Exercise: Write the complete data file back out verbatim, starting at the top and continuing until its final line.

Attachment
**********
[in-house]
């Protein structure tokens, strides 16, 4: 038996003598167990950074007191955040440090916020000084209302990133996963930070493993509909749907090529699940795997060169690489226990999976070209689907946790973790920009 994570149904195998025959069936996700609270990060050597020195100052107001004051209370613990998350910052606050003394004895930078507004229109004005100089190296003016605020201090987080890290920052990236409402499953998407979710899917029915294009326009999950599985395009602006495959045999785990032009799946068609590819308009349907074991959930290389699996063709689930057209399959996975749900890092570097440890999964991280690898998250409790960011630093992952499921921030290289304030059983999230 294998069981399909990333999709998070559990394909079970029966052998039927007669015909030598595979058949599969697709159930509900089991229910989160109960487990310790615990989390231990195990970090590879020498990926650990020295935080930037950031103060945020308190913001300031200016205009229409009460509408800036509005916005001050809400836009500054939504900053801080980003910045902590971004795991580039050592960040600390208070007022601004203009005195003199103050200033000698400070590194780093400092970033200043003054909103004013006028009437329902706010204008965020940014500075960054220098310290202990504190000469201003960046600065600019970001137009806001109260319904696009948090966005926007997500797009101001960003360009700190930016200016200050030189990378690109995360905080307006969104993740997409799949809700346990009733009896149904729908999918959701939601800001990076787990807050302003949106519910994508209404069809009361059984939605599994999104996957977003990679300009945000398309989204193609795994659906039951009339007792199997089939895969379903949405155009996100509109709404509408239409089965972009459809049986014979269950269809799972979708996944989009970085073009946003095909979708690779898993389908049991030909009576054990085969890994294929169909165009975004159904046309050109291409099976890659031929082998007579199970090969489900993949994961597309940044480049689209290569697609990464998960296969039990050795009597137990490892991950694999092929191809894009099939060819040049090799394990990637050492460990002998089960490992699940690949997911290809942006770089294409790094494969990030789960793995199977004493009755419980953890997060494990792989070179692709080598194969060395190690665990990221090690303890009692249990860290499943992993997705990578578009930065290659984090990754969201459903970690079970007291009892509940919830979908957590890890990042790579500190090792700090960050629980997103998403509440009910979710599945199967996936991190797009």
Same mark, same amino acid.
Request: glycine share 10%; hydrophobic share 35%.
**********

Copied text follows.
[in-house]
């Protein structure tokens, strides 16, 4: 038996003598167990950074007191955040440090916020000084209302990133996963930070493993509909749907090529699940795997060169690489226990999976070209689907946790973790920009 994570149904195998025959069936996700609270990060050597020195100052107001004051209370613990998350910052606050003394004895930078507004229109004005100089190296003016605020201090987080890290920052990236409402499953998407979710899917029915294009326009999950599985395009602006495959045999785990032009799946068609590819308009349907074991959930290389699996063709689930057209399959996975749900890092570097440890999964991280690898998250409790960011630093992952499921921030290289304030059983999230 294998069981399909990333999709998070559990394909079970029966052998039927007669015909030598595979058949599969697709159930509900089991229910989160109960487990310790615990989390231990195990970090590879020498990926650990020295935080930037950031103060945020308190913001300031200016205009229409009460509408800036509005916005001050809400836009500054939504900053801080980003910045902590971004795991580039050592960040600390208070007022601004203009005195003199103050200033000698400070590194780093400092970033200043003054909103004013006028009437329902706010204008965020940014500075960054220098310290202990504190000469201003960046600065600019970001137009806001109260319904696009948090966005926007997500797009101001960003360009700190930016200016200050030189990378690109995360905080307006969104993740997409799949809700346990009733009896149904729908999918959701939601800001990076787990807050302003949106519910994508209404069809009361059984939605599994999104996957977003990679300009945000398309989204193609795994659906039951009339007792199997089939895969379903949405155009996100509109709404509408239409089965972009459809049986014979269950269809799972979708996944989009970085073009946003095909979708690779898993389908049991030909009576054990085969890994294929169909165009975004159904046309050109291409099976890659031929082998007579199970090969489900993949994961597309940044480049689209290569697609990464998960296969039990050795009597137990490892991950694999092929191809894009099939060819040049090799394990990637050492460990002998089960490992699940690949997911290809942006770089294409790094494969990030789960793995199977004493009755419980953890997060494990792989070179692709080598194969060395190690665990990221090690303890009692249990860290499943992993997705990578578009930065290659984090990754969201459903970690079970007291009892509940919830979908957590890890990042790579500190090792700090960050629980997103998403509440009910979710599945199967996936991190797009």
Same mark, same amino acid.
Request: glycine share 10%; hydrophobic share 35%.